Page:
WA: Thousands of formerly incarcerated people in Washington allowed to vote with no carve-outs

WASHINGTON, USA — The November midterm elections are less than two weeks away and for thousands of people in Washington, it’s the first time they are eligible to vote under a new law that restored voting rights to formerly incarcerated people.

“I was actually incarcerated at 17,” said Cyril Walrond.

Walrond spent 17 years in prison and was released on Aug. 1 at the age of 34.

“The very next day to register to vote and to vote in the primary, really gave me a sense of connectivity within my community, where I realized that it’s not just talking and having all these different opinions, but really, I’m making my voice and my vote count,” Walrond said.

Walrond worked toward that day, even while inside prison. He worked with organizations like the Voting Rights Restoration Coalition.

“We have an opportunity to make sure that our voices are heard and that we are doing the things that are necessary to make sure all of our lives are being represented. That’s what true equity looks like,” Walrond said.

Under the new law that went into effect in January of this year, it automatically restores voting rights to people who have been released from prison after committing felonies, even if they are on parole. That means thousands will get the chance to vote for the first time this November.

“The shift is that we’re moving away from the kind of forever labeling people that have past convictions, and treating folks as outcasts for the rest of our lives or their lives, to welcoming people home, when they get released,” said Christopher Poulos, Director for Person-Centered Services at the Department of Corrections.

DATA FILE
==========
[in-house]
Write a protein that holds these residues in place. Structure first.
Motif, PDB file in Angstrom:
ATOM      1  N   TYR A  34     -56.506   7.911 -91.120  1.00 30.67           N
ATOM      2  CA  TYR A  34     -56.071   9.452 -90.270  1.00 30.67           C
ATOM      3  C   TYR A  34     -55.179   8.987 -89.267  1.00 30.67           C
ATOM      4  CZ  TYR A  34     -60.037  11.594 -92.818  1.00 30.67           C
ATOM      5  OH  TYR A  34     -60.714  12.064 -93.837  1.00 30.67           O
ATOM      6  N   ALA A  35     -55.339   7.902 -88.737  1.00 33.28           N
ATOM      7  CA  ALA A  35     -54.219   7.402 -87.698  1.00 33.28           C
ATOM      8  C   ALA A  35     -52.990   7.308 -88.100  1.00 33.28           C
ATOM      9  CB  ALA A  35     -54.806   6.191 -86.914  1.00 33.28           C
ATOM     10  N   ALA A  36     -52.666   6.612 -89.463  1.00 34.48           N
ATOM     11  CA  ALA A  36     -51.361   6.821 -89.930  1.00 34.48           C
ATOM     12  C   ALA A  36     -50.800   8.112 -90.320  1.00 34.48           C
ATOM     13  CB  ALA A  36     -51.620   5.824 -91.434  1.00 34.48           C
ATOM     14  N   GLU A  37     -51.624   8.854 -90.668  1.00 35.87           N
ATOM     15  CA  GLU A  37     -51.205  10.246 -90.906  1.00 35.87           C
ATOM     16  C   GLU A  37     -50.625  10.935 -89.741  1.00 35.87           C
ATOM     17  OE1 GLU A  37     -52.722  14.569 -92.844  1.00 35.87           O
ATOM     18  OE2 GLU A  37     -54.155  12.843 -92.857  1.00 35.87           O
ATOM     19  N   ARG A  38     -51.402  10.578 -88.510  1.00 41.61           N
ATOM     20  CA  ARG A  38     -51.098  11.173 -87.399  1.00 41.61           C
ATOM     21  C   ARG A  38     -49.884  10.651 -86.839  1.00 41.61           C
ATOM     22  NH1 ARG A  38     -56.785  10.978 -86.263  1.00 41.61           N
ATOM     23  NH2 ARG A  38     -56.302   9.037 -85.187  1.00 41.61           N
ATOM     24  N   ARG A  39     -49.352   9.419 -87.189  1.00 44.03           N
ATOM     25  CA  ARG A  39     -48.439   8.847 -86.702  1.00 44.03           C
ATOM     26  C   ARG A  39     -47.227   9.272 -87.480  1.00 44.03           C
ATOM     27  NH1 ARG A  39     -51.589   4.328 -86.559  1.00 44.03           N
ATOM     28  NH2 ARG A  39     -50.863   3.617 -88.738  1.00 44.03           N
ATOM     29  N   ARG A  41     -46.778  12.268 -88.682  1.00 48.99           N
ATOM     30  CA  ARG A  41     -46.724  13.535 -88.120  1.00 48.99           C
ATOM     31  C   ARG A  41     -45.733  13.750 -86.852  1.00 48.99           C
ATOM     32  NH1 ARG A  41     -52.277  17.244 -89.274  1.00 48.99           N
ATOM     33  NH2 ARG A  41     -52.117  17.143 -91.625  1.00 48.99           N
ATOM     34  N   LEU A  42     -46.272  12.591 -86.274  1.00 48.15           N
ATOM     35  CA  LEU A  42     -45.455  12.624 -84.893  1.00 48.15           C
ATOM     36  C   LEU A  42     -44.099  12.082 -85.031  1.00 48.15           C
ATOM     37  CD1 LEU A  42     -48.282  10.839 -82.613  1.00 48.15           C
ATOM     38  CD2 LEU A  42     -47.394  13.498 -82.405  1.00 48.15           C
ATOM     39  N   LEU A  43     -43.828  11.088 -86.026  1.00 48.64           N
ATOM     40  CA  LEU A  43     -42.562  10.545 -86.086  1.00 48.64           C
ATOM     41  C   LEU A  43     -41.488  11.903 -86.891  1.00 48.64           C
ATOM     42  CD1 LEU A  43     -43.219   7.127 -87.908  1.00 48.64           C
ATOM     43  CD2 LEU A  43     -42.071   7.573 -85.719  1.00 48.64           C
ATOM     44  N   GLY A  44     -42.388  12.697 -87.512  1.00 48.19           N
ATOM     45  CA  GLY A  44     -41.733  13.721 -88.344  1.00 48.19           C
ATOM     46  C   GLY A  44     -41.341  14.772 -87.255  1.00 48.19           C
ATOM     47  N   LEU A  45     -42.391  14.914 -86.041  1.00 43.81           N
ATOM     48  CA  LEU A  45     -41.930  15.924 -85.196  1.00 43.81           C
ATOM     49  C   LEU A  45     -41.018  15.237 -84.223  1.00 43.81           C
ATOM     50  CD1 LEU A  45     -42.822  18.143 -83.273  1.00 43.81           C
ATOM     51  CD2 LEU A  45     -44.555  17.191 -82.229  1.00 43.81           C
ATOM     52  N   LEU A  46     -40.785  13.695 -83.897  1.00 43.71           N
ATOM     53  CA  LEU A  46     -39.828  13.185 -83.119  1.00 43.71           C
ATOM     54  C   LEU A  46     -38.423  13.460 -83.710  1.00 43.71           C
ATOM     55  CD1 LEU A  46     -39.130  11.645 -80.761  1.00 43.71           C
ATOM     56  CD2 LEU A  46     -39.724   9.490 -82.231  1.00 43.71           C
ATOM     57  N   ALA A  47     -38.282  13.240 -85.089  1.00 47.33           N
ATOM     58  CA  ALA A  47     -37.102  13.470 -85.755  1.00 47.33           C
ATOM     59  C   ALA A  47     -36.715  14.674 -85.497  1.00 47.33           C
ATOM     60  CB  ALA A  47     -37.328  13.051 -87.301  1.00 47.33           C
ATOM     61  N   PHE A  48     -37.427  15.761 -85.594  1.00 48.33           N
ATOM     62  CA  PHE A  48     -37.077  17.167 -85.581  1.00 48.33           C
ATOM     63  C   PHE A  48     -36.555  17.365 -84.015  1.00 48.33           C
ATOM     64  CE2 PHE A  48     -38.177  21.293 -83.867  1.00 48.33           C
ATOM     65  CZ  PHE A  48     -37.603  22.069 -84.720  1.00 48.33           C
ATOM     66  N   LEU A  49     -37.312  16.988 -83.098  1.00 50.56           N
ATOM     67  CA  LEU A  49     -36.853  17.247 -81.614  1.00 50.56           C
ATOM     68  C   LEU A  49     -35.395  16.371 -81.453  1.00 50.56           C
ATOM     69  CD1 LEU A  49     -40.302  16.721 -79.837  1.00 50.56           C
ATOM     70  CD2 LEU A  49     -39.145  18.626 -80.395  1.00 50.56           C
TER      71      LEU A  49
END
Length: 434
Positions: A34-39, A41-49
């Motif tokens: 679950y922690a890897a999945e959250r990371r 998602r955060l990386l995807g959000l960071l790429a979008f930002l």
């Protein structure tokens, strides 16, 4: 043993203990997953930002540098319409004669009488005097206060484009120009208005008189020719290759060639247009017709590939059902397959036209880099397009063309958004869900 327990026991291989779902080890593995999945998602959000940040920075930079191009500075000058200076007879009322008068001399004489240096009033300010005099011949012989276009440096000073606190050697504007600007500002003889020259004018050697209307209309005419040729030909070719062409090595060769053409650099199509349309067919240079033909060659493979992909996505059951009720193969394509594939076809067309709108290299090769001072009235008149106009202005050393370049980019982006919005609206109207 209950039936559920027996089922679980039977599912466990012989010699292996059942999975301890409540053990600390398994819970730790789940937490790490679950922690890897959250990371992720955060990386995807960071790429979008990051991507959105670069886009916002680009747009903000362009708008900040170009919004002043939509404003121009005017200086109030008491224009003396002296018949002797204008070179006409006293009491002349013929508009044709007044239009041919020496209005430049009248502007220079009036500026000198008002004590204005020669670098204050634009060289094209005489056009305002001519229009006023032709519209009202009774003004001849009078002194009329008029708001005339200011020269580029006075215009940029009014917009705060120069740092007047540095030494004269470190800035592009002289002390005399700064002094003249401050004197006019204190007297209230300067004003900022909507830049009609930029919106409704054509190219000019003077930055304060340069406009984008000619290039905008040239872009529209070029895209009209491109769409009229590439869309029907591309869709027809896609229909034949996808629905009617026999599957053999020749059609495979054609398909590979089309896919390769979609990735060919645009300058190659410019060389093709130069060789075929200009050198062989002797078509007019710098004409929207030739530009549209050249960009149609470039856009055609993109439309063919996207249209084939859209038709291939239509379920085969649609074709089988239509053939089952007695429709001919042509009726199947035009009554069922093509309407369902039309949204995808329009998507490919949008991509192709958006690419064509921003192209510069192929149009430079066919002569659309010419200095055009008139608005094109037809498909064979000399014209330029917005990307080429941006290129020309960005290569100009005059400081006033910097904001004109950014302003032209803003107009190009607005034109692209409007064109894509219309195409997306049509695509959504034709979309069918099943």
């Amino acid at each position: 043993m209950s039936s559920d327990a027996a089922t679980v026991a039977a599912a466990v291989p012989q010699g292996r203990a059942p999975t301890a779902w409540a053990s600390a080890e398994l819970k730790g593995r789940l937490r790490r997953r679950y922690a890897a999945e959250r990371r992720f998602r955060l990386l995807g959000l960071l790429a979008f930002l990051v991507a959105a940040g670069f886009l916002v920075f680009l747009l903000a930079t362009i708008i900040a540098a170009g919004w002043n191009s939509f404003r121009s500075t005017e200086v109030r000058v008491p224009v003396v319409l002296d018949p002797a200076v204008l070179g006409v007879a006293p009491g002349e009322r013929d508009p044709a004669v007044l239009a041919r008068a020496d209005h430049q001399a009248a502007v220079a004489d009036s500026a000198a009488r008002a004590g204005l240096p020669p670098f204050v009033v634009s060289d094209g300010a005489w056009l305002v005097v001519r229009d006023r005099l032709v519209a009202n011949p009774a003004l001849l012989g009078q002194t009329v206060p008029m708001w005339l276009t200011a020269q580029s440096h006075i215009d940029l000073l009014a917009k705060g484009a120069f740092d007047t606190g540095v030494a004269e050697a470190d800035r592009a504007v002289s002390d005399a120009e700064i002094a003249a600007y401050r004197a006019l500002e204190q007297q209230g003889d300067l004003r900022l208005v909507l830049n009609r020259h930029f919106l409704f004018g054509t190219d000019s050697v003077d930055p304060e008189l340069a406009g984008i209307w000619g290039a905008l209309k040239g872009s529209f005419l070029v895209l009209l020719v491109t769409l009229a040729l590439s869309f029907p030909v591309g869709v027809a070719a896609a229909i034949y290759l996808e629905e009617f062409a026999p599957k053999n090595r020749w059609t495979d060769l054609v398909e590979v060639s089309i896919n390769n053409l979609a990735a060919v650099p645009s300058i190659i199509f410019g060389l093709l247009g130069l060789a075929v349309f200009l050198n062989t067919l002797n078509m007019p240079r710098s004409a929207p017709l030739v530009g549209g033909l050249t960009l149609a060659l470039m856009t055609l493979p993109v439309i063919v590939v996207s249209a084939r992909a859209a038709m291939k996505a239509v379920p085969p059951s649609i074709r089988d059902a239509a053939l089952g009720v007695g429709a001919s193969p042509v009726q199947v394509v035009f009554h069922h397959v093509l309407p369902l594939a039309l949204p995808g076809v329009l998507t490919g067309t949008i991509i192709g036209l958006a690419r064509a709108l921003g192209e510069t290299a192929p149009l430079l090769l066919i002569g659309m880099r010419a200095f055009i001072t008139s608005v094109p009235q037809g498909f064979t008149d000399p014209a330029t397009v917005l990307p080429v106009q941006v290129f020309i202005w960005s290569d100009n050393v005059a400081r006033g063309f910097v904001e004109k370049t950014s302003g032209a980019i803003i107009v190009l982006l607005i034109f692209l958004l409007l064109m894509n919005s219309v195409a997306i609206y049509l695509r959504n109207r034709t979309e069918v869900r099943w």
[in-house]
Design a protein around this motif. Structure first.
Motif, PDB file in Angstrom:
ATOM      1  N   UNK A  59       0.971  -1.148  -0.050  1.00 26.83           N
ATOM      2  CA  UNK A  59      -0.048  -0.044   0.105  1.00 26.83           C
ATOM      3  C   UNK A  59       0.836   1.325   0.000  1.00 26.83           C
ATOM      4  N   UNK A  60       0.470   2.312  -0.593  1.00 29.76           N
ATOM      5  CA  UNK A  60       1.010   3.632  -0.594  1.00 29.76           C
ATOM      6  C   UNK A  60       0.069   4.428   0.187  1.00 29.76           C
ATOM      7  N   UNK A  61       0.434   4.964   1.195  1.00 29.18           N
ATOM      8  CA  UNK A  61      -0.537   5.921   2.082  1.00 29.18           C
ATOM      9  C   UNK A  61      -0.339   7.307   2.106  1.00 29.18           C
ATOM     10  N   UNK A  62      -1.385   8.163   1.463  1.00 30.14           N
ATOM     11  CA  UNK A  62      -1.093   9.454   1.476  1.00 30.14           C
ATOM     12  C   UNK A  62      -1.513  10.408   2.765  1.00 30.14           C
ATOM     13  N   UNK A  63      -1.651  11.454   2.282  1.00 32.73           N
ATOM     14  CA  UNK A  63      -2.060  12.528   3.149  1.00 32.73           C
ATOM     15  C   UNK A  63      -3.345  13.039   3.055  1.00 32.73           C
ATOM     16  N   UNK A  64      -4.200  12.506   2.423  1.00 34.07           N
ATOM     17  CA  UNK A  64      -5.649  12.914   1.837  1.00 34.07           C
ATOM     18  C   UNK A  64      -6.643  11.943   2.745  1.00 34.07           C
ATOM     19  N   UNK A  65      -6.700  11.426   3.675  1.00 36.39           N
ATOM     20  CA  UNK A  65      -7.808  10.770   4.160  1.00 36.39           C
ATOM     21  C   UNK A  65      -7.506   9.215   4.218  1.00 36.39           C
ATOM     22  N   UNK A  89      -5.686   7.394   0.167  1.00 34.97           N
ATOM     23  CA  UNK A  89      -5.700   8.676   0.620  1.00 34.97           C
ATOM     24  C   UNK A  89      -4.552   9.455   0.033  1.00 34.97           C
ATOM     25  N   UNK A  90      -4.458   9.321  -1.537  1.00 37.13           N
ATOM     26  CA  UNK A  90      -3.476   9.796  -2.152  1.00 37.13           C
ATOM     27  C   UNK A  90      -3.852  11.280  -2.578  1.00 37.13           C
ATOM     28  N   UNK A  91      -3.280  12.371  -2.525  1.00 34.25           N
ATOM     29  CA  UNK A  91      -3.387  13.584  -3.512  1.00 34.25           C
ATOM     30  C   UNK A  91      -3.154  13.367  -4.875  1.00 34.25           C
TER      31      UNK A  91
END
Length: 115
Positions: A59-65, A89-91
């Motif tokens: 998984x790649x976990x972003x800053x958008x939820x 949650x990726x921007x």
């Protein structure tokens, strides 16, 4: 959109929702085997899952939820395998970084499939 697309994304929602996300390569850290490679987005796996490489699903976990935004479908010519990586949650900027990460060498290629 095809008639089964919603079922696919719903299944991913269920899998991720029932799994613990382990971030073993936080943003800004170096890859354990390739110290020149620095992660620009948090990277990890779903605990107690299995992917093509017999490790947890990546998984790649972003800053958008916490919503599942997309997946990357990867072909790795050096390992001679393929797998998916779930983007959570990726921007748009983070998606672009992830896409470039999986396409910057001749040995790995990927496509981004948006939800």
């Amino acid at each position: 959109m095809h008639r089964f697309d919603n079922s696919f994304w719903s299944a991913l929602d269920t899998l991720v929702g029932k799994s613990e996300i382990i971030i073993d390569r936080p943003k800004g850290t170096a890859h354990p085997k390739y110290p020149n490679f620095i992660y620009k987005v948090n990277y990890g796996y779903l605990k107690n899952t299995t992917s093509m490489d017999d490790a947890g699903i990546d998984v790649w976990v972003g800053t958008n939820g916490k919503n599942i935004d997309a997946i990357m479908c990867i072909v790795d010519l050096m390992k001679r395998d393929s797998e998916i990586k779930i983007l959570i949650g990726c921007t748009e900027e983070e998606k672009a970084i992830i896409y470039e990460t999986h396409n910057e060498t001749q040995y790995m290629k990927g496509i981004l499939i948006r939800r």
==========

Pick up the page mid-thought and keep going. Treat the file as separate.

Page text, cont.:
Poulos knows how that feels. He served three years in federal prison in Pennsylvania, a state where inmates could vote. However, Poulos’ ballot came a day too late, but that’s when his interest in voting restoration for people with convictions started.

Poulos said the ability to vote helps make people feel a part of the community and reduces recidivism. 

“When people do really feel included, the chances are that they’re going to act the same way and act positively in our communities,” he said.

Poulos said under the new law, 13,000 more people across the state are eligible to vote.

Continued at source

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It is good to see the home state do something right of late, especially on this topic. Now, get good ol’ Ron DeSantis in FLA to do the same thing, especially since his latest move has appeared to backfire. Yes, people, these two states are governed by two different parties, but the concept can still be applied regardless.

The best news here is that the new law includes people convicted of a sex offense.

Good on Washington for doing the right thing and not just the politically lazy thing.